Journal of Parasitic Diseases: Diagnosis and Therapy

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Commentary - Journal of Parasitic Diseases: Diagnosis and Therapy (2023) Volume 8, Issue 5

Hookworm infection: A silent threat to global health

Naotoshi Hotez*

Department of Parasitology, Bangladesh Agricultural University, Mymensingh, Bangladesh

Corresponding Author:
Naotoshi Hotez
Department of Parasitology,
Bangladesh Agricultural University,

Received: 13-Jul-2023, Manuscript No. AAPDDT-23-106218; Editor assigned: 17-Jul-2023, AAPDDT-23-106218 (PQ); Reviewed: 01-Aug-2023, QC No. AAPDDT-23-106218; Revised: 14-Sep-2023, Manuscript No. AAPDDT-23-106218 (R); Published: 22-Sep-2023, DOI:10.35841/2591-7846.8.5.169

Citation: Hotez N. Hookworm infection: A silent threat to global health. J Parasit Dis Diagn Ther 2023;8(5):1-2.


Hookworm infection is a neglected tropical disease caused by parasitic nematodes (roundworms) belonging to the Ancylostoma and Necator species. It affects millions of people worldwide, particularly in tropical and subtropical regions with poor sanitation and limited access to clean water [1]. This article explores the causes, transmission, clinical manifestations, diagnosis, treatment and prevention strategies related to hookworm infection.

Causes and transmission

Hookworm infection occurs when the larvae of Ancylostoma or Necator species penetrate the skin, usually through bare feet, after contact with contaminated soil or feces. The larvae then migrate through the bloodstream to the lungs and are eventually swallowed, reaching the small intestine where they mature into adult worms. The adult worms attach to the intestinal wall, feeding on blood and causing intestinal damage [2].

Transmission is facilitated by unsanitary conditions, inadequate sanitation facilities, open defecation and poor hygiene practices. The presence of human or animal feces in the environment, particularly in areas with warm and moist climates, contributes to the high prevalence of hookworm infection.

Clinical manifestations

Hookworm infection can have various clinical manifestations, ranging from mild to severe, depending on the intensity of the infection and the individual's immune response. Common symptoms include:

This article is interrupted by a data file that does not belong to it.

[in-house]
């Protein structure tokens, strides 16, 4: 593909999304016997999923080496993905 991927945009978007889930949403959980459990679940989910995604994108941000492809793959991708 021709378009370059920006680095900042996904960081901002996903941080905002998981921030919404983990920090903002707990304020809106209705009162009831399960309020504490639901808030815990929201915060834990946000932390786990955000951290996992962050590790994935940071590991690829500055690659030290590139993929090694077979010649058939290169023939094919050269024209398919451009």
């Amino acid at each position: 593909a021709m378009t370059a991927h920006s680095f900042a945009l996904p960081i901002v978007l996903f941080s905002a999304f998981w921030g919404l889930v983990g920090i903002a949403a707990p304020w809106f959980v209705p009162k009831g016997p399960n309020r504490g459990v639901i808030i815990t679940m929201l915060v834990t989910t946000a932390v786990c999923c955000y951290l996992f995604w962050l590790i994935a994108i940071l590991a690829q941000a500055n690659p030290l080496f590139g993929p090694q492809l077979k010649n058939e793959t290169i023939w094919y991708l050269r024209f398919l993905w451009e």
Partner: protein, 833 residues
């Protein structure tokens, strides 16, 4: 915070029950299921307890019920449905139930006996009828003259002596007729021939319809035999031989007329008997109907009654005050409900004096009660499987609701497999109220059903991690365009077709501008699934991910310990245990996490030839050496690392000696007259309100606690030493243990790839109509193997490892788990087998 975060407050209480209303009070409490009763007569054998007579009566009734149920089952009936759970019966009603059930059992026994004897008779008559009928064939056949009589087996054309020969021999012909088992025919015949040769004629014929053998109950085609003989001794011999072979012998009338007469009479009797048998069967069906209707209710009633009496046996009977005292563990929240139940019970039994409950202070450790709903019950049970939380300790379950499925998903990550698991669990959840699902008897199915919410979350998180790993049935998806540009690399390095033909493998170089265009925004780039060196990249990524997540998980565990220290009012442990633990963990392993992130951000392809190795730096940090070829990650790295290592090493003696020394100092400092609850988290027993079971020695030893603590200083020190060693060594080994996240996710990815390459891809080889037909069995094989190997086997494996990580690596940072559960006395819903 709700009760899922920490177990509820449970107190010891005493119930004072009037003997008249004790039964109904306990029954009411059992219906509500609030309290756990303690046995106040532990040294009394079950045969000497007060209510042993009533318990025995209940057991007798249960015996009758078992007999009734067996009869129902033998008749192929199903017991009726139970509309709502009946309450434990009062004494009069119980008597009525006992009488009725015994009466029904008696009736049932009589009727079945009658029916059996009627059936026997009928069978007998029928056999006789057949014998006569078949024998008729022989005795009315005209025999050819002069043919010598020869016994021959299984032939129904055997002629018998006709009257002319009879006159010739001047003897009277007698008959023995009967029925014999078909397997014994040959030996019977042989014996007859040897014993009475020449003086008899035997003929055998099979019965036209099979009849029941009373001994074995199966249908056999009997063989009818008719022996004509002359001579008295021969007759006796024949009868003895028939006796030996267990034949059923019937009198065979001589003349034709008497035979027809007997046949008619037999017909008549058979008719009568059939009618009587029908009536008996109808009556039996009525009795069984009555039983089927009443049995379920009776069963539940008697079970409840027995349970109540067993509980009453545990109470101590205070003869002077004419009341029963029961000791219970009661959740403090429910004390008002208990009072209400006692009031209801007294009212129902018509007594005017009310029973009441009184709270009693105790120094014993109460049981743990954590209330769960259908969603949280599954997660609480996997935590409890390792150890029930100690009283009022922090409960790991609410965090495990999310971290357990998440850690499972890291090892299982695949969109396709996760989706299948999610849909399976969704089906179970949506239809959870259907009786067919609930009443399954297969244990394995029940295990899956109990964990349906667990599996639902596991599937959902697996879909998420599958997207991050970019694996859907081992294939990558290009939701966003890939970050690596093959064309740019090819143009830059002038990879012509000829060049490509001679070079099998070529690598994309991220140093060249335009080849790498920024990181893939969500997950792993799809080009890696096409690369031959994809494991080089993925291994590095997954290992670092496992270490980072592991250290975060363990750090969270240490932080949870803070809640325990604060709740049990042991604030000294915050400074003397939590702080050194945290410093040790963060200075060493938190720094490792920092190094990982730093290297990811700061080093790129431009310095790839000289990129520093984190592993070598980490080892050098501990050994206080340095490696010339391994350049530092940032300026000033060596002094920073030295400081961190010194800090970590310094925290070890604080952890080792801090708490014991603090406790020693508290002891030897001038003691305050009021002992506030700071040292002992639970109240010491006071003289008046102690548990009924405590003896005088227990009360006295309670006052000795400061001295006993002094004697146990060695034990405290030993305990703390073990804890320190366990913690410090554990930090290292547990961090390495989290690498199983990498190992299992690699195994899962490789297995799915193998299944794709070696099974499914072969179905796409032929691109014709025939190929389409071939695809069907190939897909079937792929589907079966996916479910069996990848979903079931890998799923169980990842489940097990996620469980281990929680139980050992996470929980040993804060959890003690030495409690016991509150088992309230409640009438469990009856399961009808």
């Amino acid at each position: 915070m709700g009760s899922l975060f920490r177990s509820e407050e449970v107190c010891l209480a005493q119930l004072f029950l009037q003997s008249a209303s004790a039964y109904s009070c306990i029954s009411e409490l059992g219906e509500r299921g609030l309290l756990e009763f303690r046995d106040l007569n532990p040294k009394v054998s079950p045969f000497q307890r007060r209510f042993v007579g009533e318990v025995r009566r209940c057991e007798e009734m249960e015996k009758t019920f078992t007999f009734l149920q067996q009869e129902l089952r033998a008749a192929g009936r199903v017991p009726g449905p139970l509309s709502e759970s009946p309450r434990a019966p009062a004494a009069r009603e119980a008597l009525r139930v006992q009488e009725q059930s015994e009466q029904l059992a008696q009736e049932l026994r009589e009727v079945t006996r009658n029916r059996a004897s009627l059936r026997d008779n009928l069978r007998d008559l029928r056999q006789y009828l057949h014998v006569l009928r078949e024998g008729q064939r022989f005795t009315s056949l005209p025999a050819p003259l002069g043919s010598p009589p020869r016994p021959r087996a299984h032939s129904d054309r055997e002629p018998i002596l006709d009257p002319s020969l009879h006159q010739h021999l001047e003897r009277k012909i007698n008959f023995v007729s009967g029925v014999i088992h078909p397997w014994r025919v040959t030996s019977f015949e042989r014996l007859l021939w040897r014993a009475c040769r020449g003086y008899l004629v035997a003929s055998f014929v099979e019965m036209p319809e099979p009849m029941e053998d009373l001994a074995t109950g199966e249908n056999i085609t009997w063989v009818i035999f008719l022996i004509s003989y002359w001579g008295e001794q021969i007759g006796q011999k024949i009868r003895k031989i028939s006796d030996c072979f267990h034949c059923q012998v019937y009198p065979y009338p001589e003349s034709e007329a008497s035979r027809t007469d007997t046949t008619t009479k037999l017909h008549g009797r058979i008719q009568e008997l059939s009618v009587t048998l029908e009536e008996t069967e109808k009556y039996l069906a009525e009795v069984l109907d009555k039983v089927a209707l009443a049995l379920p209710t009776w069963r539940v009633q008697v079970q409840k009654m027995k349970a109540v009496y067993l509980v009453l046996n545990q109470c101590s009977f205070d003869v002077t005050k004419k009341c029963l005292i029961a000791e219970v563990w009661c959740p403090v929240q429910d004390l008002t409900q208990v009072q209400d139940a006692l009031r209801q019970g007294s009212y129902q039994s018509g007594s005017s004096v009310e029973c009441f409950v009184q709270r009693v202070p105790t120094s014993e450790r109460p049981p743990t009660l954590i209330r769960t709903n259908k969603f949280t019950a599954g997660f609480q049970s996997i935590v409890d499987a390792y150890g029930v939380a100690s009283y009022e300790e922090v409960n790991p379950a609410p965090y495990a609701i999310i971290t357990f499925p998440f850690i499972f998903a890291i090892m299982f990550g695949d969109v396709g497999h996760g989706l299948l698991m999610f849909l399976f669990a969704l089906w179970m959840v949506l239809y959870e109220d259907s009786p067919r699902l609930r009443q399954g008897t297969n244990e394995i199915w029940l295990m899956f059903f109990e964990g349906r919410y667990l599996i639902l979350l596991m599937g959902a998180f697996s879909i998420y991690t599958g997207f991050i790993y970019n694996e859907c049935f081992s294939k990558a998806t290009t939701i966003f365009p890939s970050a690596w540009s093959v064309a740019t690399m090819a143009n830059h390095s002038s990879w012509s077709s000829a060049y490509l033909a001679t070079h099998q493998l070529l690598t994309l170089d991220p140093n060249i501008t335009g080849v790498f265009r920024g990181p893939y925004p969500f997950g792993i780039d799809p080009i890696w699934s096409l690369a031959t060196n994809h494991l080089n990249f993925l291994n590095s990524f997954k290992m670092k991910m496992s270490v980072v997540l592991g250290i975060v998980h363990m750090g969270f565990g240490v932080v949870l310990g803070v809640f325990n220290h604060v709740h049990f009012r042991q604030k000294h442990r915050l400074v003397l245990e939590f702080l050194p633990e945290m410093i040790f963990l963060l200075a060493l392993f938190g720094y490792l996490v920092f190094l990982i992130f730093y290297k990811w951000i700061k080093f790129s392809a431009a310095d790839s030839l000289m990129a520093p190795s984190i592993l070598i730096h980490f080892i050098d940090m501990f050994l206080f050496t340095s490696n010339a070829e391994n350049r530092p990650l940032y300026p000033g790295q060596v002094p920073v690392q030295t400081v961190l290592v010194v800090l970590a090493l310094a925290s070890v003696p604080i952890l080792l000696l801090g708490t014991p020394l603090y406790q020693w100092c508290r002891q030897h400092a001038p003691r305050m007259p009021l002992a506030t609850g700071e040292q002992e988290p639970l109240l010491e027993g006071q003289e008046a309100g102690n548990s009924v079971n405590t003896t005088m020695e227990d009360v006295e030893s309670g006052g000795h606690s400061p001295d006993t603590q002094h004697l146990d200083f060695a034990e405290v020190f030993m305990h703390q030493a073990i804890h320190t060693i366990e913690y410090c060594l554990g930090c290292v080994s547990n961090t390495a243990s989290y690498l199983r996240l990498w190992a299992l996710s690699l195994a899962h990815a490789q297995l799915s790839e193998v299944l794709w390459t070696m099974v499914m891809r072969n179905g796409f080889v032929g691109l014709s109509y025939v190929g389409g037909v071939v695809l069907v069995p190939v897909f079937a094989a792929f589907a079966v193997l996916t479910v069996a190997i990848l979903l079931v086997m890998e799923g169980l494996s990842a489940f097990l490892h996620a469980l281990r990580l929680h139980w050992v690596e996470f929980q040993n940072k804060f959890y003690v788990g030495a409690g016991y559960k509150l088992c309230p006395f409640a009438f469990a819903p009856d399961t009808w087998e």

Intestinal symptoms: Individuals may experience abdominal pain, diarrhea, nausea and loss of appetite. Chronic infection can lead to malnutrition, anemia and growth retardation, particularly in children.

Cutaneous symptoms: During the larval migration through the skin, individuals may develop an itchy rash known as "ground itch" at the site of entry. This is often accompanied by redness, swelling, and a burning sensation.

Pulmonary symptoms: As the larvae migrate through the lungs, individuals may experience coughing, wheezing, and shortness of breath. This is known as "Loffler's syndrome" and is characterized by an inflammatory response in the lungs.


Diagnosing hookworm infection involves a combination of clinical evaluation, laboratory tests, and examination of stool samples. Key diagnostic methods include:

Microscopic examination: Stool samples are examined under a microscope to detect the presence of hookworm eggs [3]. This is the most common method for diagnosing hookworm infection.

Serological tests: Serological assays, such as Enzyme Linked Immunosorbent Assay (ELISA), detect specific antibodies against hookworm antigens. These tests are useful for assessing the prevalence of infection in communities.


The treatment of hookworm infection involves the administration of anthelmintic drugs, such as albendazole or mebendazole. These medications effectively kill the adult worms, allowing for their expulsion from the body [4]. In cases of severe anemia or malnutrition, additional treatments, including iron supplements and nutritional support, may be required.

Prevention strategies

Preventing hookworm infection requires a multi-faceted approach that addresses sanitation, hygiene practices and community education.

Improved sanitation: Access to safe and clean sanitation facilities, including latrines and toilets, helps minimize environmental contamination with hookworm larvae and eggs.

Hygiene education: Promoting proper hygiene practices, such as regular handwashing with soap and water, wearing shoes in areas with contaminated soil and proper disposal of human and animal waste [5].

Deworming programs: Mass administration of anthelmintic drugs to at-risk populations, particularly children and pregnant women, helps reduce the burden of infection and prevent complications.

Soil transmitted helminth control: Integrating efforts to control other soil-transmitted helminths, such as roundworms and whipworms, through regular deworming programs and improved sanitation.


Hookworm infection poses a significant threat to global health, particularly in disadvantaged communities with poor sanitation infrastructure. The disease's impact extends beyond intestinal symptoms, leading to anemia, malnutrition and impaired growth, particularly in children. Effective control measures, including improved sanitation, hygiene education, deworming programs and access to healthcare, are crucial for reducing the prevalence of hookworm infection and its associated complications. By implementing comprehensive prevention strategies and raising awareness about the importance of sanitation and hygiene, we can make significant strides towards eliminating this silent threat and improving the health and well-being of affected communities worldwide.


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